THE Krebs-Henseleit urea cycle is the only biochemical pathway for the conversion of ammonia to urea in man (Fig 1). It is known to involve five enzymatic reactions and, so far, four genetically determined disease states have been described, each of which is characterized by a deficiency of one of the urea cycle enzymes.1 All of these states are associated with varying degrees of hyperammonemia which, as would be expected, are most severe in the disorders of steps 1 and 2, and least severe in argininosuccinic aciduria where it usually occurs only after a protein load. The clinical picture of all these disorders includes a reluctance to eat high protein foods, intermittent ataxia, irritability, lethargy or even coma, and mental retardation. There are several instances in which a low protein diet simultaneously caused clinical improvement and reduction or elimination of hyperammonemia. For this and other reasons, it is likely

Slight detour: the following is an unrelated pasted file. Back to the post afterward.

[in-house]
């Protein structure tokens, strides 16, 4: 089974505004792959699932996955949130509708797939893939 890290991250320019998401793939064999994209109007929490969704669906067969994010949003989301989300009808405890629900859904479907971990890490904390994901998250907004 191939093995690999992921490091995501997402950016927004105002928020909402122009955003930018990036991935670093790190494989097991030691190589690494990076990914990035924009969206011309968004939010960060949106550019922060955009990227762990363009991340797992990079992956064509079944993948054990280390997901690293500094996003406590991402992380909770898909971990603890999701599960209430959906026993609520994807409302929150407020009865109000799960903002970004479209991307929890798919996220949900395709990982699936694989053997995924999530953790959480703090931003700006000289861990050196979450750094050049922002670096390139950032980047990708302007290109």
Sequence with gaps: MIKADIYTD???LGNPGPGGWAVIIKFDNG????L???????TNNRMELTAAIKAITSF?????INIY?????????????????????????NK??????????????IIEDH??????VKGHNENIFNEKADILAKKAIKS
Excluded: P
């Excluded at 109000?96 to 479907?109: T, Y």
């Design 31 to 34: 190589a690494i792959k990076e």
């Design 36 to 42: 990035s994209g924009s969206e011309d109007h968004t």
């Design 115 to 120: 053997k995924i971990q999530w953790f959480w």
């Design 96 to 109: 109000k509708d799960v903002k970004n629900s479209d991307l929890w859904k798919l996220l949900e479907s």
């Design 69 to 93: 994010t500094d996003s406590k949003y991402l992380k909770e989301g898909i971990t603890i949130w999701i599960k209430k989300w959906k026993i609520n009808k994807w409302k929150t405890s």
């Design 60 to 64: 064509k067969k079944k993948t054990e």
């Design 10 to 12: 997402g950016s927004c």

Shih VE, Efron ML, Moser HW. Hyperornithinemia, Hyperammonemia, and HomocitrullinuriaA New Disorder of Amino Acid Metabolism Associated With Myoclonic Seizures and Mental Retardation. Am J Dis Child. 1969;117(1):83–92. doi:10.1001/archpedi.1969.02100030085009
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